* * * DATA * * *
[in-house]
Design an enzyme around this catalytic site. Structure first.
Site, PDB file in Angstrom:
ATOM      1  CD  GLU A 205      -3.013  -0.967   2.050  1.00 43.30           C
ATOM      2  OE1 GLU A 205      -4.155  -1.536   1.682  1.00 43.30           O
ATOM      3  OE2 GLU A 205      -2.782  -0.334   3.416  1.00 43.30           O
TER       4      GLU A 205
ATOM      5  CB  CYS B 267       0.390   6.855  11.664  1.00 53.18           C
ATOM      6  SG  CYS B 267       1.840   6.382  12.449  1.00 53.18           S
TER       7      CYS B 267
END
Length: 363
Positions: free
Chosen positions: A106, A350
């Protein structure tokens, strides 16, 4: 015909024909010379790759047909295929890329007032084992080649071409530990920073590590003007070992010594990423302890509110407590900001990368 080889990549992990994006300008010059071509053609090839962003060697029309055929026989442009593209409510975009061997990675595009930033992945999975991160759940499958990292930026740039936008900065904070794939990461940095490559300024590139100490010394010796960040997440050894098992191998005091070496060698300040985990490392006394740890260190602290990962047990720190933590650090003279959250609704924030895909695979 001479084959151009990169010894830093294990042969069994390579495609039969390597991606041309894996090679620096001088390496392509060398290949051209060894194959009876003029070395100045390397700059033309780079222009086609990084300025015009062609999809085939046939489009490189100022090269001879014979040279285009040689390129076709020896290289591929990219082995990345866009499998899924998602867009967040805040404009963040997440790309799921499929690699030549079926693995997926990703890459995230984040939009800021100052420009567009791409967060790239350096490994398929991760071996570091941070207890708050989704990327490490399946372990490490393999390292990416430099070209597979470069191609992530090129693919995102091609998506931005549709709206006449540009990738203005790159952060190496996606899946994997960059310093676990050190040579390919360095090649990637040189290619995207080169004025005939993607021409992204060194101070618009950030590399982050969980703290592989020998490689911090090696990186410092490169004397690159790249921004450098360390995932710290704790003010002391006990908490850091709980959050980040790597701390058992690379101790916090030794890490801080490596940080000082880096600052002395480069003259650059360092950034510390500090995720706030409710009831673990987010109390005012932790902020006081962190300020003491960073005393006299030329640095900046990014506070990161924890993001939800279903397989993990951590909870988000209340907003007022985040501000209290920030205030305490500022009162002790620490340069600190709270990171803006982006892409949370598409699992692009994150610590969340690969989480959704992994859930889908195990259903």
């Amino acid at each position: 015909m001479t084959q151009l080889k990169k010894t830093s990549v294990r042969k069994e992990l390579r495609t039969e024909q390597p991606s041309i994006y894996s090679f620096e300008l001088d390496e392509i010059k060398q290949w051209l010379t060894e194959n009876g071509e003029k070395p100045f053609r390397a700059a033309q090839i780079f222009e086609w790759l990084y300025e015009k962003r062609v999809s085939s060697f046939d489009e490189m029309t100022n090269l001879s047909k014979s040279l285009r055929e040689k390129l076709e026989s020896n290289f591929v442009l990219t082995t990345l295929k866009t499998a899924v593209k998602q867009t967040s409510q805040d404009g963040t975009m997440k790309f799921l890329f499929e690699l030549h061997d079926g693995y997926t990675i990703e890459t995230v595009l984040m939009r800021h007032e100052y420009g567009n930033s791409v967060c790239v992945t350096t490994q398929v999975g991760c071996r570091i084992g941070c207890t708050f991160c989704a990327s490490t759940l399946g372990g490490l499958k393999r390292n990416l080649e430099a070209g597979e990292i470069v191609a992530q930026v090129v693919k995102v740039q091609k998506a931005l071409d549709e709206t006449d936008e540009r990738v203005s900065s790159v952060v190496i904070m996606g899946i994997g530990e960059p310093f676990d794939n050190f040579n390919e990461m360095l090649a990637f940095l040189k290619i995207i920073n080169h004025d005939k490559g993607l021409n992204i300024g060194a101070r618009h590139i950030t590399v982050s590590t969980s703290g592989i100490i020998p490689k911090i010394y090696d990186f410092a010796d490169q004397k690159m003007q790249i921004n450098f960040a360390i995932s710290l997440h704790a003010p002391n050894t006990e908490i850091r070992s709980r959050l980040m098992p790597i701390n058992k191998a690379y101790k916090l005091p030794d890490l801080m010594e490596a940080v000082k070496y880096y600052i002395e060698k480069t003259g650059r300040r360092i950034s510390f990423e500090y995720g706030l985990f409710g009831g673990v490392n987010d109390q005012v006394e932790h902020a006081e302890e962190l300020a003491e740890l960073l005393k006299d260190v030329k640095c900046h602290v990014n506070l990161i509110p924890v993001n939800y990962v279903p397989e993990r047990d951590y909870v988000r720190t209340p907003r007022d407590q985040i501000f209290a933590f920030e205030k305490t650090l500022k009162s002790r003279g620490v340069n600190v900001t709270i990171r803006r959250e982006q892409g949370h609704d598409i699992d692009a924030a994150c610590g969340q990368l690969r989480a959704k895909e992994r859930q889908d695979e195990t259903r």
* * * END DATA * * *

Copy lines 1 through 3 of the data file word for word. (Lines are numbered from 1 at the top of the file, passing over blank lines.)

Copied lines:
[in-house]
Design an enzyme around this catalytic site. Structure first.
Site, PDB file in Angstrom: